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Title: Re: What if they refuse to do what you ask? As in chores?
Post by: ArmsOfLove on June 16, 2005, 08:51:21 AM
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I would do a unit study on the character issues involved and how God talks about them in Scripture.

I don't "ask" for them to do chores--I tell them to do certain things and I try to do it at a regular time.  For example, when I get up and head to the kitchen to do dishes the children are instructed to get their toys out of the rest of the house and into their rooms.  I have also set up our day so that privelages come after responsibilities--Ds's room must be clean before his video game comes on. 

With a 5yo and setting the table I'd probably hand them the stack of plates and send them to the table, then hand them the forks, etc.  Help would be getting them started.  And with a 5yo I'm not opposed to taking their hands in mine and moving them around

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Title: Re: What if they refuse to do what you ask? As in chores?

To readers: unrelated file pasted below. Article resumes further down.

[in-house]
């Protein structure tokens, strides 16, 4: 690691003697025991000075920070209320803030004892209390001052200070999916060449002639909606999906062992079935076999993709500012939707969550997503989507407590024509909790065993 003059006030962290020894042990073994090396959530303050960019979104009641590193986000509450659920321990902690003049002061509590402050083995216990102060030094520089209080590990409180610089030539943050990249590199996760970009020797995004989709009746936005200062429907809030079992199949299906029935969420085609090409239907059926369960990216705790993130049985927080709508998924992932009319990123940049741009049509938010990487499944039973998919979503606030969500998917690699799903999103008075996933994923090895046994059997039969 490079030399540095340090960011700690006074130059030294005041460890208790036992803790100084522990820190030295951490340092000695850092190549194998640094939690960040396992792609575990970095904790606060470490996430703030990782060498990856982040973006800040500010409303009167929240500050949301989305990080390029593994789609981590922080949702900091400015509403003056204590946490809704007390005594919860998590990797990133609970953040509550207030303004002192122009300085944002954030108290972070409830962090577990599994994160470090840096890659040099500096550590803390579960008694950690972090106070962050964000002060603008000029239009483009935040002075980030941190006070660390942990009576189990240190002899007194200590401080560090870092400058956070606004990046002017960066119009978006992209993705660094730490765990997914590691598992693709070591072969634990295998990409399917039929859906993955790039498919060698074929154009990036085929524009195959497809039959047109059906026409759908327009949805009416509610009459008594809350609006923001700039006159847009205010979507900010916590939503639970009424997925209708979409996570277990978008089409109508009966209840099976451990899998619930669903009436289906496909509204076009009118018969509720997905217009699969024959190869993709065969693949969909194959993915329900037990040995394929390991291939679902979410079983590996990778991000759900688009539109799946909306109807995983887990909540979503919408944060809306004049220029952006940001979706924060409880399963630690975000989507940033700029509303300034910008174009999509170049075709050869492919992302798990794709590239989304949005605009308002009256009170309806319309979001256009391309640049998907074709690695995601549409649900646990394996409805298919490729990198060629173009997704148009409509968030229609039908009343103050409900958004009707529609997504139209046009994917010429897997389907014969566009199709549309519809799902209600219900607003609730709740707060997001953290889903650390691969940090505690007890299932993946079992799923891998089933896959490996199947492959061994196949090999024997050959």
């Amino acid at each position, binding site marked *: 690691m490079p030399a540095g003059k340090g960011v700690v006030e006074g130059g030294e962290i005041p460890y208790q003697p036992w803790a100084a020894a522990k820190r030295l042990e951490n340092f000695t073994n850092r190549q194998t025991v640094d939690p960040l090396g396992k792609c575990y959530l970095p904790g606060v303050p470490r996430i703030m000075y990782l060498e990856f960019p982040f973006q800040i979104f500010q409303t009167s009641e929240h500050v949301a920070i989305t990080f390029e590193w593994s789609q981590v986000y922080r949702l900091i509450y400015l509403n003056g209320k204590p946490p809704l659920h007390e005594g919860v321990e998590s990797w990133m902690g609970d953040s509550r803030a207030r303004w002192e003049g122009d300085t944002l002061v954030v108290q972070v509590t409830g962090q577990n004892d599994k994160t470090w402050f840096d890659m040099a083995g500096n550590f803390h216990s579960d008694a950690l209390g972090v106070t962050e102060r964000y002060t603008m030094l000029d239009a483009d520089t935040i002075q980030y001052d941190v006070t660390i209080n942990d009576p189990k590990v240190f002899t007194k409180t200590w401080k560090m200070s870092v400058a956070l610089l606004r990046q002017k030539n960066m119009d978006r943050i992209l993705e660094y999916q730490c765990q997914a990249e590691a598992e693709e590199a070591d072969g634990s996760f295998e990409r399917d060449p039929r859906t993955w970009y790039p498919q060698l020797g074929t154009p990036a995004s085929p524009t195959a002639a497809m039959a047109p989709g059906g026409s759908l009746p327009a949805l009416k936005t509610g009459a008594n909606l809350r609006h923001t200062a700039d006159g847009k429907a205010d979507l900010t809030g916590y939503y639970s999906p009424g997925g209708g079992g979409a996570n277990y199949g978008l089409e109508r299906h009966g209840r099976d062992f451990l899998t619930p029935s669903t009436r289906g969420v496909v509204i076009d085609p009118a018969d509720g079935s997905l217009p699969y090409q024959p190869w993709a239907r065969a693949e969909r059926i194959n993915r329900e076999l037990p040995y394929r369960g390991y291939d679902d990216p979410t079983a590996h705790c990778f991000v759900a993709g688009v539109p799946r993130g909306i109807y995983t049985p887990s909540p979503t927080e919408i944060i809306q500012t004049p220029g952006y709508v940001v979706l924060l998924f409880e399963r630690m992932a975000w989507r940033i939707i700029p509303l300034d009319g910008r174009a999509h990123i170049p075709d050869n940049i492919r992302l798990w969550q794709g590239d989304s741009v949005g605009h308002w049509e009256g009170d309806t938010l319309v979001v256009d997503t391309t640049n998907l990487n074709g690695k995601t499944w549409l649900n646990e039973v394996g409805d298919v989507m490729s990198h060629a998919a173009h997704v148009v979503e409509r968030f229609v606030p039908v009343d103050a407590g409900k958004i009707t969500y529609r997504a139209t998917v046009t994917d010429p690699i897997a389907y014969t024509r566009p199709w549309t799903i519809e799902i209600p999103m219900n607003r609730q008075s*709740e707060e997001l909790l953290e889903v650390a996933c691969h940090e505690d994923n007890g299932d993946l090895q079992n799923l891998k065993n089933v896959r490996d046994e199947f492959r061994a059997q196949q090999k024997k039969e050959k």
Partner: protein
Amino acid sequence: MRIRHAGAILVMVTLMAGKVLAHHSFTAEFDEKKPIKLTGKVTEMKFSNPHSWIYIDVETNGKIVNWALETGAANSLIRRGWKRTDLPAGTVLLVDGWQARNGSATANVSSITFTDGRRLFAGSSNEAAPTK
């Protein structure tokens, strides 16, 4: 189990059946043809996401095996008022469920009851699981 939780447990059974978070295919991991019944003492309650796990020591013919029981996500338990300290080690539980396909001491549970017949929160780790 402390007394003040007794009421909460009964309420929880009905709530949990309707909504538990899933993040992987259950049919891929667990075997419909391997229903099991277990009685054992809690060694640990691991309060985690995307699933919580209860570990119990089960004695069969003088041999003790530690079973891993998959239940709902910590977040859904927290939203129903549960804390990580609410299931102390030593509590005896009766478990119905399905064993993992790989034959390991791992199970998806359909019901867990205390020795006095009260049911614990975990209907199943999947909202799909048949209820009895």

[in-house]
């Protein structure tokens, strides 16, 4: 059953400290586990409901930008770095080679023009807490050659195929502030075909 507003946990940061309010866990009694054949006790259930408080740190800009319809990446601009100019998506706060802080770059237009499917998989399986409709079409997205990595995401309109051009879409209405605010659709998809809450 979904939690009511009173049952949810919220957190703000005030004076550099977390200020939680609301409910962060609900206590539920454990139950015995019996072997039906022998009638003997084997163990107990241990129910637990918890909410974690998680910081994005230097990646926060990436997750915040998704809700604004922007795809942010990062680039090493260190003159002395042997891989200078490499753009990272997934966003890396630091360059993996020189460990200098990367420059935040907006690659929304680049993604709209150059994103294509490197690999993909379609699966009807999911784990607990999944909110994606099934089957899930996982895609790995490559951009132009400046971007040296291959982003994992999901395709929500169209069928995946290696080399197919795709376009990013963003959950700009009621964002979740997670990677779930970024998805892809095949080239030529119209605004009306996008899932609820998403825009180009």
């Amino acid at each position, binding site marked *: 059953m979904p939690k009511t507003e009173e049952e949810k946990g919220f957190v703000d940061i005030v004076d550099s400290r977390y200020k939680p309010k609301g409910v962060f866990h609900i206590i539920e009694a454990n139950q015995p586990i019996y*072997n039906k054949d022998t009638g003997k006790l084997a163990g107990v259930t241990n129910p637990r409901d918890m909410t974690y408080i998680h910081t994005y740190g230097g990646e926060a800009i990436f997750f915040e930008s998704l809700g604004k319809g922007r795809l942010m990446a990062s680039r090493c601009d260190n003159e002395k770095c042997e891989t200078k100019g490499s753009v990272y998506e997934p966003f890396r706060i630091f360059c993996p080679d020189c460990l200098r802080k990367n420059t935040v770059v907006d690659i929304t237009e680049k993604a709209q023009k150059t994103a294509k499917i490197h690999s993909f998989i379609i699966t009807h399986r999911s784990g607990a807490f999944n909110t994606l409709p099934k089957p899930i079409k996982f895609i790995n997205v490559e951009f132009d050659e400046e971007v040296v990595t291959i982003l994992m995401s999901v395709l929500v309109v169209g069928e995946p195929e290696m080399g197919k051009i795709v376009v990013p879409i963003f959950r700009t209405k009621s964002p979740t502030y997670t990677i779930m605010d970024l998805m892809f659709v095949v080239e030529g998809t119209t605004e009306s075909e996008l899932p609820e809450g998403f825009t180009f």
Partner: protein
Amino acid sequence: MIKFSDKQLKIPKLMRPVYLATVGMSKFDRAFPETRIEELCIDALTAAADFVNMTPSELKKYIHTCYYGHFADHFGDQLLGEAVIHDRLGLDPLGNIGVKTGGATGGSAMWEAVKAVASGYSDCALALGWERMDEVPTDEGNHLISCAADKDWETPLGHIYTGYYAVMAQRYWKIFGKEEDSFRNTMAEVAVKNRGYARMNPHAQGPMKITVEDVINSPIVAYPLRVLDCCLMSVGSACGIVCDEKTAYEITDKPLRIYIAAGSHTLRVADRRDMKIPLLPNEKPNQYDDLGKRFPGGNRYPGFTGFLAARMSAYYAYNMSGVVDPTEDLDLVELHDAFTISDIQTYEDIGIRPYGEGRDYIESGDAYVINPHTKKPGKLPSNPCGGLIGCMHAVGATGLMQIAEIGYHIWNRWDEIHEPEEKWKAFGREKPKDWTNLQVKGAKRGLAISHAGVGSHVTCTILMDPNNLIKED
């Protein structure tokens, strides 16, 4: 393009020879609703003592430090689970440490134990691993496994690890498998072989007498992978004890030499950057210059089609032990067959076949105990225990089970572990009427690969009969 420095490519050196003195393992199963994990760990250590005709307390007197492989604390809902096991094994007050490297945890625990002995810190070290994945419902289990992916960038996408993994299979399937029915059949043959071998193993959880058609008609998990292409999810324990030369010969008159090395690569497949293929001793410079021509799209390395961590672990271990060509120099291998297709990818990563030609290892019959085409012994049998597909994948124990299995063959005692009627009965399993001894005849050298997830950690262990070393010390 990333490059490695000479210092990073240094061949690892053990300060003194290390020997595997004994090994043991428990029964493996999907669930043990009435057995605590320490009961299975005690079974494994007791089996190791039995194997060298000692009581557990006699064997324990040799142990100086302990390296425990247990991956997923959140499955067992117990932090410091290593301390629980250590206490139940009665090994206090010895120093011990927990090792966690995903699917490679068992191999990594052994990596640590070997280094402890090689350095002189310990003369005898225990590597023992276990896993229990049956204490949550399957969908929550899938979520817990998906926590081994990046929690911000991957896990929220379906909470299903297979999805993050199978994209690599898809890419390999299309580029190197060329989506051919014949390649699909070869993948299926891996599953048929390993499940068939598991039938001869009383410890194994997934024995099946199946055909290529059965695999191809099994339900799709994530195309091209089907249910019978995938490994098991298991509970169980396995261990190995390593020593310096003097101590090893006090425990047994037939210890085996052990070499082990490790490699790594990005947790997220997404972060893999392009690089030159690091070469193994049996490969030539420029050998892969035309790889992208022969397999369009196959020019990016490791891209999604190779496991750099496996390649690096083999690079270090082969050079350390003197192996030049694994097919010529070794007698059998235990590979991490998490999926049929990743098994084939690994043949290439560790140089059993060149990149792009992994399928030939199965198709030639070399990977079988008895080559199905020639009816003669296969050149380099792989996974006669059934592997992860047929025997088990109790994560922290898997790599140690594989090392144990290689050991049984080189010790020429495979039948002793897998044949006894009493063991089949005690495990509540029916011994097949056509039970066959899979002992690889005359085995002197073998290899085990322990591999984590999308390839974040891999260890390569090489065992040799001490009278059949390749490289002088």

Post by: heartofjoy on June 16, 2005, 09:47:46 AM
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I worded that badly. No, I don't ask. I tell. I do hand her the plates/spoons/napkins. She just wilts to the floor whining. If I try to force her by taking her hand, I end up with a tantrum. 

We badly need that unit study! I think it will help alot. We slacked off reading aloud this last month because of a sore throat I had. Throat's better, but I haven't gotten back in the reading routine.  We usually read the story Bible, and virtue and character books. And we haven't been memorizing any scriptures lately either.....I will try to do better with this.

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Title: Re: What if they refuse to do what you ask? As in chores?
Post by: MarynMunchkins on June 16, 2005, 10:01:55 AM